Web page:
restricted access A Commentary (Mar 1928)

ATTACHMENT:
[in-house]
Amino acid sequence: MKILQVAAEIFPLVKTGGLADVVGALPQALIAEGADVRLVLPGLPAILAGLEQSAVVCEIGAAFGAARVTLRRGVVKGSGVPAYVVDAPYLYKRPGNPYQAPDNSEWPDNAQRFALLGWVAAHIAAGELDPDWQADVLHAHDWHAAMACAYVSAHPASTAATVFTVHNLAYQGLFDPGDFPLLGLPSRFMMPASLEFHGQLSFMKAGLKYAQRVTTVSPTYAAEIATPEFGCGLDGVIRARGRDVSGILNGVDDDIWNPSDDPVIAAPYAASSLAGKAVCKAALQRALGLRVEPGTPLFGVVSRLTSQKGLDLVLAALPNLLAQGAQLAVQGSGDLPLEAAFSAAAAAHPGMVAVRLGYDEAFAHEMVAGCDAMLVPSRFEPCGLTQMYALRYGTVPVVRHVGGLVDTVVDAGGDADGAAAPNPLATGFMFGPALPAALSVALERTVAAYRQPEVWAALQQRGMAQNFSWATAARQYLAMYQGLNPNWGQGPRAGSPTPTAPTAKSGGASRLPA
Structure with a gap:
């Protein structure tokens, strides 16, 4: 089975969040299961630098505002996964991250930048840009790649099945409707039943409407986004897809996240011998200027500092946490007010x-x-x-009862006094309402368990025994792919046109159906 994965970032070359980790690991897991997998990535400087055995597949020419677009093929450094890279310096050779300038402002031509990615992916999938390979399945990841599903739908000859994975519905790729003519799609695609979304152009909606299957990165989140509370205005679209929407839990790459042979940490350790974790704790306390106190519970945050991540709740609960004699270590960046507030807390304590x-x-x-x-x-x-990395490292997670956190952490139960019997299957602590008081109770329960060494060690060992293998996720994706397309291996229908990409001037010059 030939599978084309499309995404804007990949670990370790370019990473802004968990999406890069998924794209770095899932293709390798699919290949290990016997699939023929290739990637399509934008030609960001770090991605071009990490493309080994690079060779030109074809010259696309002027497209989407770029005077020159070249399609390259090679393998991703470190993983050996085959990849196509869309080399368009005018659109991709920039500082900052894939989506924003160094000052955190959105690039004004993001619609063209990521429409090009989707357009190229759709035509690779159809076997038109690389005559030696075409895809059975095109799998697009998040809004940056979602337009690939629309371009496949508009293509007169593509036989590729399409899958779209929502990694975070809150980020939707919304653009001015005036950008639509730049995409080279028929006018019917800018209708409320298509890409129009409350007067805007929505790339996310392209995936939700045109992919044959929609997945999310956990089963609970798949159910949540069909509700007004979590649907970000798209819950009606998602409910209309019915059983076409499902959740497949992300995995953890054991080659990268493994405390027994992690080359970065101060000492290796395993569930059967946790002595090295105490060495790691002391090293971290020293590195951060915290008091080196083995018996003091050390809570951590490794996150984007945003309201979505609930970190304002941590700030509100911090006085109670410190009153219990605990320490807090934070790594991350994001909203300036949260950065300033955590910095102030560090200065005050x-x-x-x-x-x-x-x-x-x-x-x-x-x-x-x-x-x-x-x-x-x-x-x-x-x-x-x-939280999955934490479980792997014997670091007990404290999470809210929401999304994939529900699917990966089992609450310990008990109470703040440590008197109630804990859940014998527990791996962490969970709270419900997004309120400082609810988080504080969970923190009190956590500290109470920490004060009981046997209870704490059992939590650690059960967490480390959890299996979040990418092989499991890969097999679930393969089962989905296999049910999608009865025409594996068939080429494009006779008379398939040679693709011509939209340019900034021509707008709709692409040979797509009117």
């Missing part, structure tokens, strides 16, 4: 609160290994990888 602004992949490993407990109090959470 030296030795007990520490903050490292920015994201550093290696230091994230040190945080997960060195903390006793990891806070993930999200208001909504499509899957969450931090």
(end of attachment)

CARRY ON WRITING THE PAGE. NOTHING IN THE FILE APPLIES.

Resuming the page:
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366 ] A Commentary The Monthly Criterion: A Literary Review, 7 (Mar 1928) 193-94 How They Buried Thomas Hardy Since our last Commentary was written, Thomas Hardy has died and has been buried.1 Whenever a great man dies, a great deal of nonsense is written; a great deal was written about Thomas Hardy; we cannot undertake here to separate the wheat from the chaff. We have only three remarks to make. First, this recent event does not alter the opinions which we expressed in the January Commentary.2 Second, if any man was ever worthy to be buried in the Abbey on the ground of literary greatness alone, then there is no question that the author of The Dynasts, The Mayor of Casterbridge, and A Group of Noble Dames deserved to be buried there.3 And on the third point we do not believe that disagreement is possible. We hope sincerely that the manner in which Hardy was interred will not be allowed to establish a precedent for the burial of other great men. We continue to hope that in the future as in the immediate past our great men will be buried in one place instead of being dismembered in a fashion intolerable in any society which is not given over to idolatry of relics and fetishes. Britain and M. Siegfried M. André Siegfried, who last year distinguished himself by a remarkable book on contemporary America, has recently written for The Times an interesting series of articles to which we must call attention.4 We cannot here develop a criticism of a thesis to which we hope that we may later recur at more length. But M. Siegfried’s theory is briefly this: Britain is related on the one hand to the rest of Europe and on the other hand to an Empire which from a cultural point of view, includes the United States of America. To M. Siegfried it seems that Britain must choose between Europe and an imperial non-European group. M. Siegfried having thus set the question naturally hopes that Britain will elect to remain in association with Europe. To us, the question does not set itself in the same way. To us, it is rather a question of whether Britain will persist in that policy of via media which she has pursued for several centuries. To our mind, the peculiar position of Britain is this: that she is on the one hand a part of Europe. But not only a [ 367 A Commentary (Mar) part, she is a mediating part: for Britain is the bridge between Latin culture and Germanic culture in both of which she shares. But Britain is not only the bridge, the middle way, between two parts of western Europe; she is, or should be, by virtue of the fact that she is the only member of the European communitythathasestablishedagenuineempire–thatistosay,aworld-wide empire as was the Roman empire – not only European but the connection between Europe and the rest of the world. A New Form of Literary Prize Public attention in Italy was directed two months ago to a new literary prize, awarded to our contributor, G. B. Angioletti, for his prose book, Il Giorno del Giudizio.5 We offer Mr. Angioletti our warmest congratulations. Notes 1. After Hardy’s death on 11 Jan 1928 in Dorset, his heart was removed and buried on the groundsofStinsfordParishChurch,withthegravestonemarked“HereLiestheHeartofThomas Hardy”; his ashes were buried in Poets’ Corner, Westminster Abbey, on 16 Jan. 2. TSE’s “Commentary” of Jan 1928 addresses a proposed extension to Westminster Abbey following the discovery “that the space in the Abbey for interring great men would soon be exhausted.” His focus is on “how best the Abbey may be preserved as an historical monument of great symbolic value and of aesthetic interest; having regard also to the public ceremonies for which the Abbey is the traditional and appropriate scene” (3.318). 3. Hardy’s The Dynasts, an epic drama in verse of the war with Napoleon, appeared in three volumes (1904-08); his novel The Mayor of Casterbridge appeared in 1886; his collection of short stories A Group of Noble Dames, in 1891. TSE first discussed the novel in his review of H. C. Duffin’s study of the Wessex novels (1.404), included it on the syllabus for his 1917 course on ModernEnglishLiterature(1.591),anddescribeditinhisPage-Barbourlecturesashis“finestnovel as a whole” (ASG 56). In “‘The Duchess of Malfi’ at the Lyric: and Poetic Drama” (1919), he...